Paul goes on in Romans 1 to show that even unbelievers who have no written record of God's laws still have in their consciences some understanding of God's moral demands. Speaking of a long list of sins ("envy, murder, strife, deceit..."), Paul says of wicked people who practice them, "Though they know God's decree that those who do such things deserve to die they not only do them but approve those who practice them" (Rom. 1:32). Wicked people know that their sin is wrong, at least in large measure.
Paul then talks about the activity of conscience in Gentiles who do not have the written law:
When Gentiles who have not the law do by nature what the law requires, they are a law to themselves, even though they do not have the law. They show that what the law requires is written on their hearts while their conscience also bears witness and their conflicting thoughts accuse or perhaps excuse them " (Rom. 2:14-15)
The consciences of unbelievers bear witness to God's moral standards, but at times this evidence of God's law on the hearts of unbelievers is distorted or suppressed.8 Sometimes their thoughts "accuse" them and sometimes their thoughts
7 6. The Swiss theologian Karl Barth (1886-1968) denied that natural man can know anything of God through the general revelation found in nature, but insisted that knowledge of God can only come through a knowledge of God's grace in Christ. His radical rejection of natural revelation has not gained wide acceptance; it rests upon the unlikely view that Rom. 1:21 refers to a knowledge of God in theory but not in fact.
8 7. The consciences of unbelievers will be suppressed or hardened in various areas of morality, depending on cultural influences and personal circumstances. A cannibalistic society, for example, will have many members whose consciences are hardened and insensitive with regard to the evil of murder, while modern American
"excuse" them, Paul says. The knowledge of God's laws derived from such sources is never perfect, but it is enough to give an awareness of God's moral demands to all mankind. (And it is on this basis that Paul argues that all humanity is held guilty before God for sin, even those who do not have the written laws of God in Scripture.)
The knowledge of God's existence, character, and moral law, which comes through creation to all humanity, is often called "general revelation" (because it comes to all people generally).9 General revelation comes through observing nature, through seeing God's directing influence in history, and through an inner sense of God's existence and his laws that he has placed inside every person. General revelation is distinct from "specialrevelation" which refers to God's words addressed to specific people, such as the words of the Bible, the words of the Old Testament prophets and New Testament apostles, and the words of God spoken in personal address, such as at Mount Sinai or at the baptism of Jesus.10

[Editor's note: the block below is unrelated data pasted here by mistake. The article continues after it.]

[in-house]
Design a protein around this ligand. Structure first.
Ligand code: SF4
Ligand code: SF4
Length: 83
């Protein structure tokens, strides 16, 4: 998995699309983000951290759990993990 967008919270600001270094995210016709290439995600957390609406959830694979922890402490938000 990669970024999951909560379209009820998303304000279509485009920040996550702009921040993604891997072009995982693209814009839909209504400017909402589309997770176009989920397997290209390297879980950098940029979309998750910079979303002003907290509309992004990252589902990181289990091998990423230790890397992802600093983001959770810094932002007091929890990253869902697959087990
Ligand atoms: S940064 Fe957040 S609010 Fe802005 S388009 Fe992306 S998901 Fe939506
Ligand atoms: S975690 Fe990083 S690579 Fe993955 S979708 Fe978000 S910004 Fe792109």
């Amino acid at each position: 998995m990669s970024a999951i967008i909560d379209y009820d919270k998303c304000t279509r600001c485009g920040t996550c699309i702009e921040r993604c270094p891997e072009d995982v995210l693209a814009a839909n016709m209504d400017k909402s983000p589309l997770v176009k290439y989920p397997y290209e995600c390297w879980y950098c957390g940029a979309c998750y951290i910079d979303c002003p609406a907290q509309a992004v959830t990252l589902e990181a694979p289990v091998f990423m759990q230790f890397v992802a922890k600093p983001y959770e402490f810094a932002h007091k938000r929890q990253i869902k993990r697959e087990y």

Special revelation includes all the words of Scripture but is not limited to the words of Scripture, for it also includes, for example, many words of Jesus that were not recorded in Scripture, and probably there were many words spoken by Old Testament prophets and New Testament apostles that were not recorded in Scripture either.
The fact that all people know something of God's moral laws is a great blessing for society, for unless they did there would be no societal restraint on the evil that people would do and no restraint from their consciences. Because there is some common knowledge of right and wrong, Christians can often find much consensus with non-Christians in matters of civil law, community standards, basic ethics for business and professional activity, and acceptable patterns of conduct in ordinary life. Moreover, we can appeal to the sense of tightness within people's hearts (Rom. 2:14) when attempting to enact better laws or overturn bad laws, or to right some other injustices in society around us. The knowledge of God's existence and character also provides a basis of information that enables the gospel to make sense to a non-Christian's heart and mind: unbelievers know that God exists and that they have broken his standards, so the news that Christ died to pay for their sins should truly come as good news to them.